Google claims to block more than 100 million phishing emails daily, and it saw about 18 million of those daily mails being related to COVID-19 in the past month. This, they say, is in addition to the more than 240 million daily COVID-19 related spamming messages—an unfortunate trend indeed for a world economy already in dire straits.
Banks’ customers and staff, however, continue to be at risk of being exposed to opportunistic schemes by fraudsters who have latched on to the uncertainty created by the pandemic to perpetrate new fraud schemes, albeit, with the same underlying principles that have been used over the years—impersonation, spamming, phishing, and malware.
How does it work?
Impersonation: Donor bodies, health regulators such as the NCDC and even international governmental organizations such as the WHO are increasingly impersonated in incoming emails, with embedded links for the necessary action of either a donation or a registration to be made.
Spamming: These messages are indiscriminately sent (spammed) to unsuspecting individuals who did not solicit or subscribe to such services. The messages almost always urge recipients to take immediate action.
Fraudsters are increasingly taking advantage of the information overload on the virus to slip in their emails to those who want to stay abreast of the situation in terms of figures, palliatives, treatment options, and inspiring stories. Many people are relieved to receive any information on COVID-19 and are increasingly not particular about the source of the information.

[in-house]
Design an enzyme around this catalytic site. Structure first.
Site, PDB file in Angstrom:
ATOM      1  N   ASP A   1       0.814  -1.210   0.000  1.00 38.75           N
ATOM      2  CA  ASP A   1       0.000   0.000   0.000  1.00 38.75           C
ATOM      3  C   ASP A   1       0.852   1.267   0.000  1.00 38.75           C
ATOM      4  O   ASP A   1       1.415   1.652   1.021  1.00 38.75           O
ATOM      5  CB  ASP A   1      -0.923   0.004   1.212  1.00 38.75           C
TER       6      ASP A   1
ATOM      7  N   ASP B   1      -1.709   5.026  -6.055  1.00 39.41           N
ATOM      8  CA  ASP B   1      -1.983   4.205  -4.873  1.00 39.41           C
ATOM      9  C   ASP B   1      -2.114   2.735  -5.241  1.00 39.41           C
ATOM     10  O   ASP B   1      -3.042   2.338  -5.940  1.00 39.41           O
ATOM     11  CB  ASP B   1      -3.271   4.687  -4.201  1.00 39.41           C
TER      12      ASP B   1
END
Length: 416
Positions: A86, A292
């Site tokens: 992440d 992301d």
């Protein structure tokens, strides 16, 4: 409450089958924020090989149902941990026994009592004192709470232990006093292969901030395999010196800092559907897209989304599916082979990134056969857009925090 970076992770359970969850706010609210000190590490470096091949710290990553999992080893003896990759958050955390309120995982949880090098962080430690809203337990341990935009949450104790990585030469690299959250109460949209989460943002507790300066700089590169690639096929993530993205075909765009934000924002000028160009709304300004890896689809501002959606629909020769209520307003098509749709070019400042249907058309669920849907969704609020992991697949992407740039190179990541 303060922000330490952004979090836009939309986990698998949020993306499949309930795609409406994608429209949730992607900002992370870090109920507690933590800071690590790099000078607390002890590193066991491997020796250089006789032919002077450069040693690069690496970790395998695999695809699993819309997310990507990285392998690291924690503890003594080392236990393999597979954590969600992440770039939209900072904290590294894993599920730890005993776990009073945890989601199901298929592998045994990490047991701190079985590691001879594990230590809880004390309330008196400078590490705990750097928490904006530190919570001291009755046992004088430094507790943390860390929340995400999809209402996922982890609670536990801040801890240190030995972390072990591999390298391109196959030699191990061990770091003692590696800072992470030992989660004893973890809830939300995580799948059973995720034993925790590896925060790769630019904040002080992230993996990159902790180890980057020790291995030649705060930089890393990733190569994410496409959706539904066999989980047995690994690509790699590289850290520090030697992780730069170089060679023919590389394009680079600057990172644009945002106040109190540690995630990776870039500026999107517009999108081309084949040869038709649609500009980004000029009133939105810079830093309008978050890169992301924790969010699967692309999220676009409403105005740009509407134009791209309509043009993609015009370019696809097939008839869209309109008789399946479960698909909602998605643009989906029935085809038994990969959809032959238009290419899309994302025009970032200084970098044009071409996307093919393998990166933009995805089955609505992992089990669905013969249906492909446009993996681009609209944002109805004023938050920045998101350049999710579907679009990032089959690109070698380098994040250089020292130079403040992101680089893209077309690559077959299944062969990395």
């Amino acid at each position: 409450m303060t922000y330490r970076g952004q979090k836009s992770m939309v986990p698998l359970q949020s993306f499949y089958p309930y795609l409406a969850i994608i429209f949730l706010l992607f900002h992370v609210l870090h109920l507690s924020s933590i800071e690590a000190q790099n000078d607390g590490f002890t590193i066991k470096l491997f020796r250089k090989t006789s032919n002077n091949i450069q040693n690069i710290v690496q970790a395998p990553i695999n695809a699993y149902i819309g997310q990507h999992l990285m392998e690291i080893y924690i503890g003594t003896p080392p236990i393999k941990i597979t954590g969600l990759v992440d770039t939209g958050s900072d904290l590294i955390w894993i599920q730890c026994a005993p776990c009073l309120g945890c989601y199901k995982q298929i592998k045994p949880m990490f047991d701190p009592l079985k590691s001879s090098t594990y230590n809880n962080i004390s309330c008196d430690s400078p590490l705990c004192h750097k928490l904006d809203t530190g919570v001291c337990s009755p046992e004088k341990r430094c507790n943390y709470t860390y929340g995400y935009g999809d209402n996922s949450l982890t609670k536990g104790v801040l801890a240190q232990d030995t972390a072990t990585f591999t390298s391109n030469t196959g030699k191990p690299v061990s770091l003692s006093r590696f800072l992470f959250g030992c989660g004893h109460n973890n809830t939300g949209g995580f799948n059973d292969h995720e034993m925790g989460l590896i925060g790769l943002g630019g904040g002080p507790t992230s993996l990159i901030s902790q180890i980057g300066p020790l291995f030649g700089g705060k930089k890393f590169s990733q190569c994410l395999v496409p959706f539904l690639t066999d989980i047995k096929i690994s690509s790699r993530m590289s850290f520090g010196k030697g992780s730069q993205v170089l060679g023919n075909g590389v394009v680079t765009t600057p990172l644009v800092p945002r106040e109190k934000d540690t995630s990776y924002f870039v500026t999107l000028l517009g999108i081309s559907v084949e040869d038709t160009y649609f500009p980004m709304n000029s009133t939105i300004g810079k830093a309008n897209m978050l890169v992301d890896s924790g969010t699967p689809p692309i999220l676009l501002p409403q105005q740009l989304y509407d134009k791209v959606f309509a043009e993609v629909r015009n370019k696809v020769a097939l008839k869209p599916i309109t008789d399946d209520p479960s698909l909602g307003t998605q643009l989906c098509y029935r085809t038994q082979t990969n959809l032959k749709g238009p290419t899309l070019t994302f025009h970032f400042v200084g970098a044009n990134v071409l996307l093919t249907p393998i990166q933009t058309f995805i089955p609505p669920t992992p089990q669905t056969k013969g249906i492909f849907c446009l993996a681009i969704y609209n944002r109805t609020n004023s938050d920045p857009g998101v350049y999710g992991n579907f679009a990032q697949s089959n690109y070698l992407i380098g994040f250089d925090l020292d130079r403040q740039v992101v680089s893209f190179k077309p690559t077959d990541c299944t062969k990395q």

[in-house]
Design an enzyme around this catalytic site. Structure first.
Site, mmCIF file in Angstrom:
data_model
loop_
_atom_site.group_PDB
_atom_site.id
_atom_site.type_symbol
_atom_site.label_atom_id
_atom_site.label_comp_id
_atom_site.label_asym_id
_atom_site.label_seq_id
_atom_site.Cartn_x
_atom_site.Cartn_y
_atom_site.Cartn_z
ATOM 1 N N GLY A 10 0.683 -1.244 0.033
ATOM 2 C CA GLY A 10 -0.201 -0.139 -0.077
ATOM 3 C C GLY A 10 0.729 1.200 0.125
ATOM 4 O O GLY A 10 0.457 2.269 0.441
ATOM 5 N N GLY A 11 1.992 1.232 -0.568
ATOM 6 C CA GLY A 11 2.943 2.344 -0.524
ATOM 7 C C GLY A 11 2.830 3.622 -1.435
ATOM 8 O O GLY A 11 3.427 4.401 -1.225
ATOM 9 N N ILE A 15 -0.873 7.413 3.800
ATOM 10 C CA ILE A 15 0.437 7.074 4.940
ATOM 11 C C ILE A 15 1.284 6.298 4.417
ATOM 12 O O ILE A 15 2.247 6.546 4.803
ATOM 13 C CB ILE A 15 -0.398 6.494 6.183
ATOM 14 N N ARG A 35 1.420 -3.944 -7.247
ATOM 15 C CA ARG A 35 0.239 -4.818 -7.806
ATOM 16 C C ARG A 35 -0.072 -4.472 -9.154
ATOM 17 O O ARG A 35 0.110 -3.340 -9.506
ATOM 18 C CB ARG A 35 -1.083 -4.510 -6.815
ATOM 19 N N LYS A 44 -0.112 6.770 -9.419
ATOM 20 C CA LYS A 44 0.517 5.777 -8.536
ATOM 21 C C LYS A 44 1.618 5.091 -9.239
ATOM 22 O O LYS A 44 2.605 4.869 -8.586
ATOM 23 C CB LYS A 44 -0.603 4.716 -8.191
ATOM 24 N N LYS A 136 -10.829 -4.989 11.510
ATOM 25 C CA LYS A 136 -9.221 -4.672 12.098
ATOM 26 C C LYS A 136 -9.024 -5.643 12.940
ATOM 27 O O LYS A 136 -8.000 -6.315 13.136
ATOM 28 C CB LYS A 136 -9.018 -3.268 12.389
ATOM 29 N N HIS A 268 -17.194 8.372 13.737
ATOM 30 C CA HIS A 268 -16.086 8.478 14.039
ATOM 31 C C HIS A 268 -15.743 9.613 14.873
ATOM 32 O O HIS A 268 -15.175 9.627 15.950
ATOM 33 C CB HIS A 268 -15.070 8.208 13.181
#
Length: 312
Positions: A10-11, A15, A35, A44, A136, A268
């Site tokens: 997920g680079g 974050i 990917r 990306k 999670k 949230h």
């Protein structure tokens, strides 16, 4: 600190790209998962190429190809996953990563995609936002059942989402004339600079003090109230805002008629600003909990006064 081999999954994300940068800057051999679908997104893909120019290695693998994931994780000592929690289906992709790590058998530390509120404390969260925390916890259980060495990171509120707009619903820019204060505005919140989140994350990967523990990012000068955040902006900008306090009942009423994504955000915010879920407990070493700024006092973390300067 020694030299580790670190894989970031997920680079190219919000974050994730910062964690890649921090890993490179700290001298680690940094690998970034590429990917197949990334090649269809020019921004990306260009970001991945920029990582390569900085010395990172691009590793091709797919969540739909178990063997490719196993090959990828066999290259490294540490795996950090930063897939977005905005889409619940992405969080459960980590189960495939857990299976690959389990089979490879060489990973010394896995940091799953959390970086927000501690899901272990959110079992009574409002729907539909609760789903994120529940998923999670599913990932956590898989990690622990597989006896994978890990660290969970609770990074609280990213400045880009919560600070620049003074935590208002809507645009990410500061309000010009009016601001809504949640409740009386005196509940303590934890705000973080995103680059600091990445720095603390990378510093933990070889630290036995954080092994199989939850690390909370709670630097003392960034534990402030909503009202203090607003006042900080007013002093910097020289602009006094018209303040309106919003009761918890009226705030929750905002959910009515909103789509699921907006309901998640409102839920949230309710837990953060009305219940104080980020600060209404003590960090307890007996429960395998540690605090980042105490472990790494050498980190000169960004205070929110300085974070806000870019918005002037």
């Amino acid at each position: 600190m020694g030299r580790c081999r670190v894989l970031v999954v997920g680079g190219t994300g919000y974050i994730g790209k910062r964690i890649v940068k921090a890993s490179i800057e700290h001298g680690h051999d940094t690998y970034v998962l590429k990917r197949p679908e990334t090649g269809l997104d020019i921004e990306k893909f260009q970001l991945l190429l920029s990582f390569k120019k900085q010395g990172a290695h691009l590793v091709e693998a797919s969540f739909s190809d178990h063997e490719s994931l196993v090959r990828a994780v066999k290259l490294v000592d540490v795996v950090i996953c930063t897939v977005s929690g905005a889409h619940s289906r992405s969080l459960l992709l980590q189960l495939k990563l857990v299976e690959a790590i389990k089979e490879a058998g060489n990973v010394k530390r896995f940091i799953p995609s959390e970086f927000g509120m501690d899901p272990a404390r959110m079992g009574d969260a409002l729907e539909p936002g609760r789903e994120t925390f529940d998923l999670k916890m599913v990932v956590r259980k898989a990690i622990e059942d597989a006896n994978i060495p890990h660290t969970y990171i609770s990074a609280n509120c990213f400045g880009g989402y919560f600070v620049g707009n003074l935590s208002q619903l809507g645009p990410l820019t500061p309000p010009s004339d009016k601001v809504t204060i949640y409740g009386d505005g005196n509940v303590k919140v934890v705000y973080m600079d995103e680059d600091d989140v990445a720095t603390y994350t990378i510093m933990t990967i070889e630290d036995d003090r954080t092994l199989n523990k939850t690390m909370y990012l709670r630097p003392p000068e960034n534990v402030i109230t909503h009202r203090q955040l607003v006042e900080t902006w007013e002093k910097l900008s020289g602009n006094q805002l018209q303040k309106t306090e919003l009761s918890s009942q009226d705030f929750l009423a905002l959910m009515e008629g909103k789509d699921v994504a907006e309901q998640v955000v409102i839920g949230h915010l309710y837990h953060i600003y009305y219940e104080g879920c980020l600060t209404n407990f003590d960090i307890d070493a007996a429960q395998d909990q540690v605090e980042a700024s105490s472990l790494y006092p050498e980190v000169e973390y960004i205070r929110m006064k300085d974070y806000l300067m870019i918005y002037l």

Phishing: The embedded links in these emails are a means of harvesting personal account details such as the PAN, PIN, and password of the target to be defrauded. This could also be got through phone calls or text messages.
Malware: Malicious software variants, which could either be downloaded to the target’s computer through a link in the mail or simply by opening the mail, could grant fraudsters access to the target’s system and by extension, the target’s network.
- Be extra vigilant. Do not open mails whose source you do not know or subscribe to.
- Pay attention to spellings of email addresses, and websites.
- Do not visit your bank’s site via links; always type in the address manually.
- Never give up your credentials to any “representative” of your bank. Not even for refunds.
- Do not make donations to unverified charities.
- When in doubt, ask a third party.
Fraud experts believe that fraudsters will capitalize on the heightened anxieties of the public during the current crisis, and have been working with banks and other financial partners to sensitize their customers on the need to safeguard their bank accounts during this period, hence this publication.
@Zolonye on Twitter.